The cholera outbreak - getting back to the basics?
By Dzulkifli Abdul Razak
The Sun, June 15, 1996
FOOD-RELATED POISONING CAN BE described as a chain of events. It normally starts from a single source and tends to spread via the methods of food production, preparation, storage, distribution and lastly, consumption.
Perhaps the recent cholera panic is a case in point, coming allegedly from ice suppliers spreading eventually throughout the state of Penang, and finally the whole nation.
In every one of this situation, the challenge is to break out of the chain of events. This is easier said than done because the nature and incidence of poisoning can also be influenced by agricultural practices, food technology in industry and at home, as well as other ecological, environmental, socioeconomic and cultural practices.
If the outbreak of cholera cases is to be classified broadly under the category of food poisoning, then it must epitomise the ultimate in a series of food poisoning cases in the country in recent times.
While there have been a number of food poisoning cases reported last year, food poisoning seems to be a recurring theme, and its occurrences are quite prevalent with a number of cases involving more than 100 victims, namely schoolchildren.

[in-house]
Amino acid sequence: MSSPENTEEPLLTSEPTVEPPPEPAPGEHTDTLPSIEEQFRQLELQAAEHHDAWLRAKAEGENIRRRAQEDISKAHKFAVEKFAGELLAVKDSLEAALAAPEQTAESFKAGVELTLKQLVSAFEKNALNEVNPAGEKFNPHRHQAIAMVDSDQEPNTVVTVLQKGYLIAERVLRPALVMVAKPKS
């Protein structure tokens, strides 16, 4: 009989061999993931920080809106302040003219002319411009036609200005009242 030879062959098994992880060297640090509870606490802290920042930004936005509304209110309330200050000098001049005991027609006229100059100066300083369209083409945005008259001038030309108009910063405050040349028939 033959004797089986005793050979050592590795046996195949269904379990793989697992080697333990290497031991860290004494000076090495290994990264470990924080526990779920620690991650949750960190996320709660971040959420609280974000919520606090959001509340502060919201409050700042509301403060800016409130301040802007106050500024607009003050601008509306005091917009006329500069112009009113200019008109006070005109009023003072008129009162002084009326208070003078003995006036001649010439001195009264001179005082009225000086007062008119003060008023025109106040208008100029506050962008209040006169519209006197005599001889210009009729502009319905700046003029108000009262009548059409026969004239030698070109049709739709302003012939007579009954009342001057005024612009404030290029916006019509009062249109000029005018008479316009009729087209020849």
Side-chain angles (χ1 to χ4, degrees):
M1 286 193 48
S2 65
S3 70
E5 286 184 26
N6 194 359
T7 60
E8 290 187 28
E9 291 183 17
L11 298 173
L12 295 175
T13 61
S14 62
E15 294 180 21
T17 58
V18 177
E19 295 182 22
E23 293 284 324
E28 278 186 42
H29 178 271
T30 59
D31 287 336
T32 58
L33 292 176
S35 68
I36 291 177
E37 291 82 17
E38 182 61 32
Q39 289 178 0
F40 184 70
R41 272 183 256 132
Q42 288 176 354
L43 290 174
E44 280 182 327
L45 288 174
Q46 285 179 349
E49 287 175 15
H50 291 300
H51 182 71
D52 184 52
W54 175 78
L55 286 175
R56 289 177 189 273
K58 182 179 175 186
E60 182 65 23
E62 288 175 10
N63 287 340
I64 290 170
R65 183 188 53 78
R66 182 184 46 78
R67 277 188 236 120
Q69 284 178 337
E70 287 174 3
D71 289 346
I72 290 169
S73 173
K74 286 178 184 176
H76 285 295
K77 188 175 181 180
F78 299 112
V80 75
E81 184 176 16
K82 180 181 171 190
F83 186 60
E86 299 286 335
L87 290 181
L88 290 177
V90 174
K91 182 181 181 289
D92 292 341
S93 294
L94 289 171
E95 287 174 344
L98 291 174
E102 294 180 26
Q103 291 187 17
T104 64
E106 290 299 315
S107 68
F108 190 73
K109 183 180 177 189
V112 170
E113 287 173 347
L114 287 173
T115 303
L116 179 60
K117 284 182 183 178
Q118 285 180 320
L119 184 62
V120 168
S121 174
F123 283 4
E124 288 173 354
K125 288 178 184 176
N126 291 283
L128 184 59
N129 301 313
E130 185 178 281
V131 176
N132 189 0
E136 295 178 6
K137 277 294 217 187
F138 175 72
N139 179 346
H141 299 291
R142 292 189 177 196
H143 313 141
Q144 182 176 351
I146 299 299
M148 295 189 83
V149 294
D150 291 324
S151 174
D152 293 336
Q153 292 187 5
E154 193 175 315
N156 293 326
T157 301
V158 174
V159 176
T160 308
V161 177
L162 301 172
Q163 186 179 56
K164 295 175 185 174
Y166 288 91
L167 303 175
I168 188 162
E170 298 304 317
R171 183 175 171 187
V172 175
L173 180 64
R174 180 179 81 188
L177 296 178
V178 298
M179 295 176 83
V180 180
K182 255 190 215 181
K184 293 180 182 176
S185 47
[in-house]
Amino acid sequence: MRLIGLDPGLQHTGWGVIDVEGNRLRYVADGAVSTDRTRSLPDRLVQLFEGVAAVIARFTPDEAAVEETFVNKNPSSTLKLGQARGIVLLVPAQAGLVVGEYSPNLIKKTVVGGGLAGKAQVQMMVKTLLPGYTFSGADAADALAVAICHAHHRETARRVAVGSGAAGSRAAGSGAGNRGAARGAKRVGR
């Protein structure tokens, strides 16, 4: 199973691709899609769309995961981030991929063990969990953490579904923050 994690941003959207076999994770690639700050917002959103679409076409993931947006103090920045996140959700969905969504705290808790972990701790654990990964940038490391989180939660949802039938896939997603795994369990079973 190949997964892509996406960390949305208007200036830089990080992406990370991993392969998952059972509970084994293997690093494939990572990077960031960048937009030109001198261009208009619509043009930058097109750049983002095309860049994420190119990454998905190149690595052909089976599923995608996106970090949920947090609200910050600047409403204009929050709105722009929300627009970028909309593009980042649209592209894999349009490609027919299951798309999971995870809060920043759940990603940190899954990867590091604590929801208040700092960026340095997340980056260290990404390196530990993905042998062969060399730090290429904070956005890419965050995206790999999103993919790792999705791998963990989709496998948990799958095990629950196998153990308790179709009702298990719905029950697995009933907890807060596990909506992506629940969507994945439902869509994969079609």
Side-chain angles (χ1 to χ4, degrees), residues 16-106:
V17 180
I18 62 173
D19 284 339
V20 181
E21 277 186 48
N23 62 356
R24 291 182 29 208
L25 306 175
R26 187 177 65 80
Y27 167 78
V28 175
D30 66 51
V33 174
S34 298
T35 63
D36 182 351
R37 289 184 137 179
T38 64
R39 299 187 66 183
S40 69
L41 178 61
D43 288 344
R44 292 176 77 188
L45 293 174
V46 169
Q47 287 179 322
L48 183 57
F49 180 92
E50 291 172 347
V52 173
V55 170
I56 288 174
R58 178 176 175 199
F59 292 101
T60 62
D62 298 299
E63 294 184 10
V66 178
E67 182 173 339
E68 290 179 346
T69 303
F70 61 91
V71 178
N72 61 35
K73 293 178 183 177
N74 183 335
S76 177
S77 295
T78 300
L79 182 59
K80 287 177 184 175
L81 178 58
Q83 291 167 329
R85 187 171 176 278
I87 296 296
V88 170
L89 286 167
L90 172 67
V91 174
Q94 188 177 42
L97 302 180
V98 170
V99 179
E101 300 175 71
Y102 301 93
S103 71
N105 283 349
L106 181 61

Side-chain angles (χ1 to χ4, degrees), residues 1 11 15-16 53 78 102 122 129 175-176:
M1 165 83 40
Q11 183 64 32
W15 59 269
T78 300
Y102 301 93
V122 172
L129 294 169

In fact, according to the Ministry of Health, there has been an increase in food poisoning cases from 1,599 in 1993 to 2,283 in 1994.
According to the same source, there were more than 2,000 cases of food poisoning reported last year to the Health Ministry.
Looking at the latest statistics for 1996, the cholera cases alone already amount to more than 1,000 cases nationwide. At the last count, more than 1,240 cases were involved in practically all states. Although the situation is now well under control, there are still new cases being reported.
This is not just the question of statistics, which no doubt suffers from underreporting. It is more a question of awareness and about Malaysians of all walks of life taking control of the situation in tandem with the national aspiration of a healthy society as enshrined in Vision 2020.
The rather frequent cases of food-related poisoning, especially the likes of cholera, is most unfortunate. It is a "chain" that must be broken.
If we examine the literature, cases of cholera outbreakes are mainly reported in countries which are rather backward in terms of health status. Even then, not all of such countries are faced with this predicament.